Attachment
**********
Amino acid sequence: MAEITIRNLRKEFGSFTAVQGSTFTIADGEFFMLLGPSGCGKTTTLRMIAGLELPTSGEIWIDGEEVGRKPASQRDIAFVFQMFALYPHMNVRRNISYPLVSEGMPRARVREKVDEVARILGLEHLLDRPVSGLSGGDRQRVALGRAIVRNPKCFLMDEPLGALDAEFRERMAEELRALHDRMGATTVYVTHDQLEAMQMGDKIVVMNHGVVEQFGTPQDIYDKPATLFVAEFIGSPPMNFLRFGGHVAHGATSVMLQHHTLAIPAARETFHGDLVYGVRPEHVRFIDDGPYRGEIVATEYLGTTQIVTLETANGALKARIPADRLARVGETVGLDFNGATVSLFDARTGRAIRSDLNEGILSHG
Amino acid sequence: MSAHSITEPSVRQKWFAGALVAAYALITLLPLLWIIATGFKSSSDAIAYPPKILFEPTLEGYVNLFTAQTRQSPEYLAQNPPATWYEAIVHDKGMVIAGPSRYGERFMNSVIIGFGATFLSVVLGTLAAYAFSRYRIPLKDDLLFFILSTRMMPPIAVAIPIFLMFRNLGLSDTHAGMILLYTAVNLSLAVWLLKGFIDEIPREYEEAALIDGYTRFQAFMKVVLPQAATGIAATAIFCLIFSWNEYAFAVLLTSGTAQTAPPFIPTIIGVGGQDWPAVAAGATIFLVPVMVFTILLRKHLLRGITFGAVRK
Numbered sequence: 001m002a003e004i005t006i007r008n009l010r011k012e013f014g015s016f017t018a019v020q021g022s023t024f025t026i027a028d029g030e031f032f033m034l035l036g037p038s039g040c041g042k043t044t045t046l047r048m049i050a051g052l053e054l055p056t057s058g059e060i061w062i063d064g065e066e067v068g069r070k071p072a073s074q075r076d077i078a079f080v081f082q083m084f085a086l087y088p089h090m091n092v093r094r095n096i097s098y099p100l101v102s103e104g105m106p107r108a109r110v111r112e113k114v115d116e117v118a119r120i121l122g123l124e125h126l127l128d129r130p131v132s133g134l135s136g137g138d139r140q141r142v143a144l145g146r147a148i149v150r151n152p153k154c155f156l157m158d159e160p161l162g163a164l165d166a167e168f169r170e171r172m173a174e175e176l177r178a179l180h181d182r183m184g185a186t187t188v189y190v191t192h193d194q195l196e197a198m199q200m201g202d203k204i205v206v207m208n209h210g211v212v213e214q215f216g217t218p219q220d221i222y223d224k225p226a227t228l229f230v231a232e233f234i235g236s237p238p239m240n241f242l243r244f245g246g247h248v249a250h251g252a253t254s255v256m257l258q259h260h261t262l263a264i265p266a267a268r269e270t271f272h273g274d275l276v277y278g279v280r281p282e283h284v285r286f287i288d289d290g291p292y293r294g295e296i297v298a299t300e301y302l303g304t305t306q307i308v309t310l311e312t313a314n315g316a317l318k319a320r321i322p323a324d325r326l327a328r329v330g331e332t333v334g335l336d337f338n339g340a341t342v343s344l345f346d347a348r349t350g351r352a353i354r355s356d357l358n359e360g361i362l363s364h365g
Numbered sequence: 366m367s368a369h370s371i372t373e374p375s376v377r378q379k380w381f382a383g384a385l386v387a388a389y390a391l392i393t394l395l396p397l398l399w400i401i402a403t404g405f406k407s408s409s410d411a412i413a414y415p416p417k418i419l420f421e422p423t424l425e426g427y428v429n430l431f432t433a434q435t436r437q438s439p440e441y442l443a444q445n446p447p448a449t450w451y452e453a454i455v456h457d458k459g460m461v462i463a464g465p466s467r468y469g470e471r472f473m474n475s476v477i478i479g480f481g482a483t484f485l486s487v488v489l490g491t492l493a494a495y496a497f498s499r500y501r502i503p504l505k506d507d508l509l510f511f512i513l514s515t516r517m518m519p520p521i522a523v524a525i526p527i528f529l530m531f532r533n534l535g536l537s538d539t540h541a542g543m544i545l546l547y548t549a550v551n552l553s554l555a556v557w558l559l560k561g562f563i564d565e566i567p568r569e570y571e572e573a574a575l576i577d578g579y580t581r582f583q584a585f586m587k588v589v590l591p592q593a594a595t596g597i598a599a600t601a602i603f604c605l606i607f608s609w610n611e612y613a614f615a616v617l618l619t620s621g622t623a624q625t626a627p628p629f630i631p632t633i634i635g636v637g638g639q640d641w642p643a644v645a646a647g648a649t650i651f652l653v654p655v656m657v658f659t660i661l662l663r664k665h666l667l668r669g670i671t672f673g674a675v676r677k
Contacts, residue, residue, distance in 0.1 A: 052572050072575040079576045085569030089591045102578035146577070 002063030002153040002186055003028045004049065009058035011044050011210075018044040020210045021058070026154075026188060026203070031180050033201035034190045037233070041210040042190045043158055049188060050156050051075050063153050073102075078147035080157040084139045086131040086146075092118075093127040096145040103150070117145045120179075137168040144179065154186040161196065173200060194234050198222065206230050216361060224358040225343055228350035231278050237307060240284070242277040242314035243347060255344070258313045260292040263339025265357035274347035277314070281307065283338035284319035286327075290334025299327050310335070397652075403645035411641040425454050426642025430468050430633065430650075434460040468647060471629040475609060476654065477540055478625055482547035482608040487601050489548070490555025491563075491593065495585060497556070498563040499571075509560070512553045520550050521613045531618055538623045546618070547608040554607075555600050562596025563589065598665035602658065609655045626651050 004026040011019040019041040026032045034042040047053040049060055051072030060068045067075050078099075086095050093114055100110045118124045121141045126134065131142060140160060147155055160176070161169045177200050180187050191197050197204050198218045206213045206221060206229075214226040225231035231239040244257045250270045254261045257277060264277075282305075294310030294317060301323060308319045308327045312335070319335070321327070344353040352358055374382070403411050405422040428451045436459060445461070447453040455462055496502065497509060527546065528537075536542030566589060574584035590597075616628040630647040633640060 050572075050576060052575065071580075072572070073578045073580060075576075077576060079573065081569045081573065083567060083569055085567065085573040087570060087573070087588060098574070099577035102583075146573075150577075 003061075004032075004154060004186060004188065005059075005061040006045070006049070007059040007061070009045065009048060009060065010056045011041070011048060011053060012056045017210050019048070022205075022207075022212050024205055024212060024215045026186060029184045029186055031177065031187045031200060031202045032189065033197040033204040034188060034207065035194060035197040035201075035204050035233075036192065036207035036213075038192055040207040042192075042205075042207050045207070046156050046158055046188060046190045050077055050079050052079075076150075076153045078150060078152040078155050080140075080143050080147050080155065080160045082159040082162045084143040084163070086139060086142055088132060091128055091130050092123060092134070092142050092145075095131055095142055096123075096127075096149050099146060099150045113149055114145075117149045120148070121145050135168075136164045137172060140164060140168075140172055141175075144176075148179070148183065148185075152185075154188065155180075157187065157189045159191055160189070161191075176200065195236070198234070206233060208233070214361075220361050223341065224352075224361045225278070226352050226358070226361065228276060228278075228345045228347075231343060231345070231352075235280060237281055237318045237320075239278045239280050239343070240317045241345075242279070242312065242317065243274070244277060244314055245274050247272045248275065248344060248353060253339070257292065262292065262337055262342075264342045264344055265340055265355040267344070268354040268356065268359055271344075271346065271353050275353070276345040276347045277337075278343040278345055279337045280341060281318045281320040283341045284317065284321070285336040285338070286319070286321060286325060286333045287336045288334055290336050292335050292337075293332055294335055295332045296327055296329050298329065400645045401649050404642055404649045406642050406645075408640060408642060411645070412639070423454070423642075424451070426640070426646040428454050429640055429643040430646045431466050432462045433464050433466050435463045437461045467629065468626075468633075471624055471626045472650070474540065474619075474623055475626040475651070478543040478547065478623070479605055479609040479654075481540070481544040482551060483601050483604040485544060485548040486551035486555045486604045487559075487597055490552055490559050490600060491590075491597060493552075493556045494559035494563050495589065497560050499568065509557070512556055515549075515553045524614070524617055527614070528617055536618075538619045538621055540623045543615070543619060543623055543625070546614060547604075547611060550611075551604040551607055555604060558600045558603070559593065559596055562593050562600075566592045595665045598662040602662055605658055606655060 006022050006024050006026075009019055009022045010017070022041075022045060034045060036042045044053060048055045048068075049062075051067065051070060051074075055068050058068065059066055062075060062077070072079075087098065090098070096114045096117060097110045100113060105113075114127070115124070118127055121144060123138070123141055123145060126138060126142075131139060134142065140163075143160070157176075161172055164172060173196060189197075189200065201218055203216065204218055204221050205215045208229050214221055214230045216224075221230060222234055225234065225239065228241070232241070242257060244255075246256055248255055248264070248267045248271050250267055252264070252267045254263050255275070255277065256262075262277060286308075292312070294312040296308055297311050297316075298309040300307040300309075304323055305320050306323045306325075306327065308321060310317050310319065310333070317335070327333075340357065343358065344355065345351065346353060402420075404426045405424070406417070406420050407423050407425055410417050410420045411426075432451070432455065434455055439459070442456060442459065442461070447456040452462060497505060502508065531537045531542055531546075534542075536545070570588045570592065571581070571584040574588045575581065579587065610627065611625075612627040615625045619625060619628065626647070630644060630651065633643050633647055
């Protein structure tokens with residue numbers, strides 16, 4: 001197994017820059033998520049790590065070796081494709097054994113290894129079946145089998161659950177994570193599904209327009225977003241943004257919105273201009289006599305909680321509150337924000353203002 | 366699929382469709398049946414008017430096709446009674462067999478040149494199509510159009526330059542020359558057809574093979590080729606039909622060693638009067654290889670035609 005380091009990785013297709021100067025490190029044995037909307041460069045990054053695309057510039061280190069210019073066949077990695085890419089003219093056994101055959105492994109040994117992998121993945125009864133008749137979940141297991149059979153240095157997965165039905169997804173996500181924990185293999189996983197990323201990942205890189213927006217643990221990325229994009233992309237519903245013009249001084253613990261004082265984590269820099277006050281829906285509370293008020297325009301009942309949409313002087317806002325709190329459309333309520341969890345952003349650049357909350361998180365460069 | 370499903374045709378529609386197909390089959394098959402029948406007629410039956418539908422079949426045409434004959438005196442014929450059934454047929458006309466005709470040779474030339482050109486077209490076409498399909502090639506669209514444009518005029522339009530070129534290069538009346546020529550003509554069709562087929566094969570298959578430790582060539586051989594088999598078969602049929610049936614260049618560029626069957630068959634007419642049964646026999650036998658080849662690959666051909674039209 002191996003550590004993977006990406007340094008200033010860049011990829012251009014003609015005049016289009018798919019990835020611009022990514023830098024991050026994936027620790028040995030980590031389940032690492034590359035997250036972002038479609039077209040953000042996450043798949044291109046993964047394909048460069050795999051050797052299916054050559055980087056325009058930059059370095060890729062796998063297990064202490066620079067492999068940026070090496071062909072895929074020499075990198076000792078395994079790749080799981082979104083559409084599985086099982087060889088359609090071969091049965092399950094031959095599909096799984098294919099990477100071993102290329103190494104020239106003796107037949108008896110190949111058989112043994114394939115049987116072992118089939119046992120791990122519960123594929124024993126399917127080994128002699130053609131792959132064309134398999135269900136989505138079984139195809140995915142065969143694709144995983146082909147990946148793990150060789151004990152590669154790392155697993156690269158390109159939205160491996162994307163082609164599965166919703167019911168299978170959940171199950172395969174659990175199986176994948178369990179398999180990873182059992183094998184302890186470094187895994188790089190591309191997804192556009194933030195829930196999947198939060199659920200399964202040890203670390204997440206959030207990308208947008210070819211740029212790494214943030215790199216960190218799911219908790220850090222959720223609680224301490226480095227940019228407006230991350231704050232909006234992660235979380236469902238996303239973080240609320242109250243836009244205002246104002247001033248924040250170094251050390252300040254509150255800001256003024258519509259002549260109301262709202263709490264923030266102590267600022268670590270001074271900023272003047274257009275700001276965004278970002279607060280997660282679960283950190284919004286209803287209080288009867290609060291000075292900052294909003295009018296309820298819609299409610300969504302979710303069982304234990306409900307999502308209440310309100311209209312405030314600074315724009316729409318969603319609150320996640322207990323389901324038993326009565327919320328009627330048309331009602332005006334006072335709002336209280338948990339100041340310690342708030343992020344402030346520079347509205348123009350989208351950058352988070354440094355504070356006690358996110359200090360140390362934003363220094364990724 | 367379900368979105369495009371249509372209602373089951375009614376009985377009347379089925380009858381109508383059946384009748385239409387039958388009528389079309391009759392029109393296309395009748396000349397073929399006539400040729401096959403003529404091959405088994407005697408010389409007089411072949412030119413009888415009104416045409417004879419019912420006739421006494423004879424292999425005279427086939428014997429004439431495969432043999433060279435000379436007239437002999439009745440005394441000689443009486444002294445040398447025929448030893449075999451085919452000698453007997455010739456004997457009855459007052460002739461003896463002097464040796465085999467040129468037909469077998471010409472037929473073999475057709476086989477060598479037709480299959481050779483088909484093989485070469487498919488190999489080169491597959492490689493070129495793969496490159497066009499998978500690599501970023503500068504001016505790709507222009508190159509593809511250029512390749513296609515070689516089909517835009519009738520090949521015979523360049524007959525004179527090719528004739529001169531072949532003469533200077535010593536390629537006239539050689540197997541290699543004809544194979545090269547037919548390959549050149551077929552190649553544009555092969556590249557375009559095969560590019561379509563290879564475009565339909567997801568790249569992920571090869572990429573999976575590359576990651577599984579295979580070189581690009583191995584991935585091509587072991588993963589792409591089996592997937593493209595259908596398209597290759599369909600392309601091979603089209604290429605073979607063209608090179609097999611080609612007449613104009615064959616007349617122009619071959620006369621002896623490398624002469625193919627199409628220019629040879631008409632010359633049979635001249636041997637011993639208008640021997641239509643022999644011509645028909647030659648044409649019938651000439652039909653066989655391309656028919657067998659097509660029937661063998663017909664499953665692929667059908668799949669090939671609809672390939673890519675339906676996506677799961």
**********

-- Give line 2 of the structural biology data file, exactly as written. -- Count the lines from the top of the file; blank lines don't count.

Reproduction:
Amino acid sequence: MSAHSITEPSVRQKWFAGALVAAYALITLLPLLWIIATGFKSSSDAIAYPPKILFEPTLEGYVNLFTAQTRQSPEYLAQNPPATWYEAIVHDKGMVIAGPSRYGERFMNSVIIGFGATFLSVVLGTLAAYAFSRYRIPLKDDLLFFILSTRMMPPIAVAIPIFLMFRNLGLSDTHAGMILLYTAVNLSLAVWLLKGFIDEIPREYEEAALIDGYTRFQAFMKVVLPQAATGIAATAIFCLIFSWNEYAFAVLLTSGTAQTAPPFIPTIIGVGGQDWPAVAAGATIFLVPVMVFTILLRKHLLRGITFGAVRK